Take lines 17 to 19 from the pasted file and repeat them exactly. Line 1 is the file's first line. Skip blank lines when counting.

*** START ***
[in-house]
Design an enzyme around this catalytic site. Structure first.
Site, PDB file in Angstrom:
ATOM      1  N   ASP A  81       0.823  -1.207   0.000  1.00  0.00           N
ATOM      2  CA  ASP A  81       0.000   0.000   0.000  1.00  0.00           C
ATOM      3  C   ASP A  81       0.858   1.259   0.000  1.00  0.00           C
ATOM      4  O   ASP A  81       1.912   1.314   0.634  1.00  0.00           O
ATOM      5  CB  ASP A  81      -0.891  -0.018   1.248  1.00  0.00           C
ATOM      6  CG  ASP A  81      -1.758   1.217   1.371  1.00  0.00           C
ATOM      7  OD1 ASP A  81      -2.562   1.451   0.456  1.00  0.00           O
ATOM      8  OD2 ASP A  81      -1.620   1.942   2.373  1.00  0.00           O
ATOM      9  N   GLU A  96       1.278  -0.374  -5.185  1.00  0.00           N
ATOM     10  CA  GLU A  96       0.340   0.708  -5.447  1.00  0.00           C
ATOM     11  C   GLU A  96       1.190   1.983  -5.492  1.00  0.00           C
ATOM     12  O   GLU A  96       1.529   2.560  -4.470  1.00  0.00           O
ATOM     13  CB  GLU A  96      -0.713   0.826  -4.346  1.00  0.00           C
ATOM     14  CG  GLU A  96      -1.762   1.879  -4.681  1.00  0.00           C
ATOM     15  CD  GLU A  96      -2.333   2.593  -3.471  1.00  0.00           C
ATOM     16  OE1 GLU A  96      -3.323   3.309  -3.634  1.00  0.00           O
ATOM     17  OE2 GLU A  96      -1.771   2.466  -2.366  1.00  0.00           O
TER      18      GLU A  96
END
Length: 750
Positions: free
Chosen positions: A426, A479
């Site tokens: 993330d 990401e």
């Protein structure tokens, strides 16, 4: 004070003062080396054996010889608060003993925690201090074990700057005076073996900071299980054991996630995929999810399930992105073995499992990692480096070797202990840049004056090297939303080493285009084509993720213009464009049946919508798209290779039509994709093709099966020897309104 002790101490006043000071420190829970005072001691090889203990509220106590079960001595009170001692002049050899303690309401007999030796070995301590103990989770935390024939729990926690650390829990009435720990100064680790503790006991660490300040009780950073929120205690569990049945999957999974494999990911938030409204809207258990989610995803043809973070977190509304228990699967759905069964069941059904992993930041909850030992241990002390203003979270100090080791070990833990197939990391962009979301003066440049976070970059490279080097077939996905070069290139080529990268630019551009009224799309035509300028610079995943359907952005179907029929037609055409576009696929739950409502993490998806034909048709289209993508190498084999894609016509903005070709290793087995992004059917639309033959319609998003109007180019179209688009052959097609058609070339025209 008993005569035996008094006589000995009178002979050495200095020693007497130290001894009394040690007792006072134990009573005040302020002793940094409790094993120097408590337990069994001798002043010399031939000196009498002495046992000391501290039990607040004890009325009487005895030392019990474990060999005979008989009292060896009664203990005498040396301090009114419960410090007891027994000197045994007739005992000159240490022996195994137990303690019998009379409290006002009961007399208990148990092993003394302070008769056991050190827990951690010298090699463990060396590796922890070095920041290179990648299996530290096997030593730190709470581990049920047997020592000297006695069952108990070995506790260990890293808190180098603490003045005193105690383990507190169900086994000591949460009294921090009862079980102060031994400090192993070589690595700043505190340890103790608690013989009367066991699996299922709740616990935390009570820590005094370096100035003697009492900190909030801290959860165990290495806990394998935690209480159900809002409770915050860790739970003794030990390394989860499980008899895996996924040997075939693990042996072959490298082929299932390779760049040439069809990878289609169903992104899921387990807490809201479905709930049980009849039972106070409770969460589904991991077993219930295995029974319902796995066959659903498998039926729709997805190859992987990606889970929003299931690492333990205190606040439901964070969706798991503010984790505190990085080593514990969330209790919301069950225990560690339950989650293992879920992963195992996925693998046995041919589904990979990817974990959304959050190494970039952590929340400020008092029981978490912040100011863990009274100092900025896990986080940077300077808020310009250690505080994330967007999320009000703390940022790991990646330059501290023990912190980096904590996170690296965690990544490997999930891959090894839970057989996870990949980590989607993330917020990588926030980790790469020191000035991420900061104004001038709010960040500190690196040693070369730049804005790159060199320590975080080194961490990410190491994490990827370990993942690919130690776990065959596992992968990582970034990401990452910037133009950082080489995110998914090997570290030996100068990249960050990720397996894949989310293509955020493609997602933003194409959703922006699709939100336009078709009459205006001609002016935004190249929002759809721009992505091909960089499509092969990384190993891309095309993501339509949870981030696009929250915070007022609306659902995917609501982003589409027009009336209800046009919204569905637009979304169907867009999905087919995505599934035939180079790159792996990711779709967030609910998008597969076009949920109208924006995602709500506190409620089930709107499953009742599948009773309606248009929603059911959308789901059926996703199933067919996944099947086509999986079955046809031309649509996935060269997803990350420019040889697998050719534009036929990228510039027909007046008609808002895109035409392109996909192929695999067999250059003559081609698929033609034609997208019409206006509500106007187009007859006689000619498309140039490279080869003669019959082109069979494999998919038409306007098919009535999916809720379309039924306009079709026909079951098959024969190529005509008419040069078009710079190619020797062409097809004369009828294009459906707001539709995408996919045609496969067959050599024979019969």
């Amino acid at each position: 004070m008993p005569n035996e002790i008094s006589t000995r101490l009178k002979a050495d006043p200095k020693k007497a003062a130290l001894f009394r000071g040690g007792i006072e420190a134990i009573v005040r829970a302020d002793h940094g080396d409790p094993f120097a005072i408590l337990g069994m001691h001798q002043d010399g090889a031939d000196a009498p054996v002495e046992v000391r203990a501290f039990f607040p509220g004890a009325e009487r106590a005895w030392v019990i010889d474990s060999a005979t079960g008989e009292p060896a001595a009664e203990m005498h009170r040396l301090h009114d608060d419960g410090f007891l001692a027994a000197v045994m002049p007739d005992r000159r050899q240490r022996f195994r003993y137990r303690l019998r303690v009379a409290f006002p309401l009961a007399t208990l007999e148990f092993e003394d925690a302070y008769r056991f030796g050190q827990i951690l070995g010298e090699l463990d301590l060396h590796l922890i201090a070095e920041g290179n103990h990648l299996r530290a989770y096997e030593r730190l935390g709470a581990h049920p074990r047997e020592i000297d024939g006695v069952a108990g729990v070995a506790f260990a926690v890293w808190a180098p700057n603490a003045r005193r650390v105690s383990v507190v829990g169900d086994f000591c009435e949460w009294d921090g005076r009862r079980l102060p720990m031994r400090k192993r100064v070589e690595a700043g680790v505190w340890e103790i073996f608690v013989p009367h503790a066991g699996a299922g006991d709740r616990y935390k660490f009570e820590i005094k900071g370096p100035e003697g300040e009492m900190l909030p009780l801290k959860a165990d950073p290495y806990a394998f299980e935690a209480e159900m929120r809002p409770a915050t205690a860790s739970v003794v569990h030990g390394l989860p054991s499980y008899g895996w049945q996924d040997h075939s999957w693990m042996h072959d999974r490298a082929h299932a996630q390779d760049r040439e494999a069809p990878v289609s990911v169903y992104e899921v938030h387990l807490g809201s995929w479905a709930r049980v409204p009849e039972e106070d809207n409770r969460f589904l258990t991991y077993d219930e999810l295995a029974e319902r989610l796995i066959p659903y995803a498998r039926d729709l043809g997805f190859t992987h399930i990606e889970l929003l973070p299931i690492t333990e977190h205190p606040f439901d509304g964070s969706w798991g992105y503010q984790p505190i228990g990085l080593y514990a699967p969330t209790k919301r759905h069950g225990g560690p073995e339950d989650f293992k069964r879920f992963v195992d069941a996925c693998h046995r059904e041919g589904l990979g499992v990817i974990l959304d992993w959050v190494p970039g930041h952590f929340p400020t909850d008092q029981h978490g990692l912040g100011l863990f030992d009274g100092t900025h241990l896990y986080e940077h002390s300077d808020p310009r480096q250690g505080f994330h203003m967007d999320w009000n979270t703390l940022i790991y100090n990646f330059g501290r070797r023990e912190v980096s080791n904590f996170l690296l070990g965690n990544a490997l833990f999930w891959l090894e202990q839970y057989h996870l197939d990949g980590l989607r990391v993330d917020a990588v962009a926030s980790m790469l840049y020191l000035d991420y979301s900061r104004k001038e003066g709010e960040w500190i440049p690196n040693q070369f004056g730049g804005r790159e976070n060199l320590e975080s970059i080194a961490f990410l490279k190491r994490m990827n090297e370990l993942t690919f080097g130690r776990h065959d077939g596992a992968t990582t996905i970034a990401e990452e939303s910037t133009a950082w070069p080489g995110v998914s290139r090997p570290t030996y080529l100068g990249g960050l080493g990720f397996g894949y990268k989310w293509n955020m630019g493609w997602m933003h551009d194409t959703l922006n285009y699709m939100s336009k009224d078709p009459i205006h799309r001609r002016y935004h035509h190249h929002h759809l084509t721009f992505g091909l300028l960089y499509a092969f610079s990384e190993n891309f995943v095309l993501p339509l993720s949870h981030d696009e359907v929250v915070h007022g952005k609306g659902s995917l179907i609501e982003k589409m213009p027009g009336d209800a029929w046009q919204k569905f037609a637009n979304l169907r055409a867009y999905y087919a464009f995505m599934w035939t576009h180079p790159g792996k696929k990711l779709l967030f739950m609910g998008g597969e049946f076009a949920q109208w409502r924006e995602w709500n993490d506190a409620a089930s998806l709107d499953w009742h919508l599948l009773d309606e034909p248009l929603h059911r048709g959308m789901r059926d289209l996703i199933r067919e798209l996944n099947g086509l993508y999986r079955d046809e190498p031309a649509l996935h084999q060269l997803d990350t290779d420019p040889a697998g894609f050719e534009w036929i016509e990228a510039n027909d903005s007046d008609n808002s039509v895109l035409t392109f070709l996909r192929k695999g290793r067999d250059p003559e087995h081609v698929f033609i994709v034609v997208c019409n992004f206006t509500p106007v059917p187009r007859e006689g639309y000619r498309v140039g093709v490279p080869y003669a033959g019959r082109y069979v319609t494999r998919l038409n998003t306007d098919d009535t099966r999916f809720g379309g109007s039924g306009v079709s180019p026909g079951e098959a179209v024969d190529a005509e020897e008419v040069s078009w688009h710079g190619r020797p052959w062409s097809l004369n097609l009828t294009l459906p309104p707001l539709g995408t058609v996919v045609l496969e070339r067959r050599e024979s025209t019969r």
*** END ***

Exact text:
ATOM     14  CG  GLU A  96      -1.762   1.879  -4.681  1.00  0.00           C
ATOM     15  CD  GLU A  96      -2.333   2.593  -3.471  1.00  0.00           C
ATOM     16  OE1 GLU A  96      -3.323   3.309  -3.634  1.00  0.00           O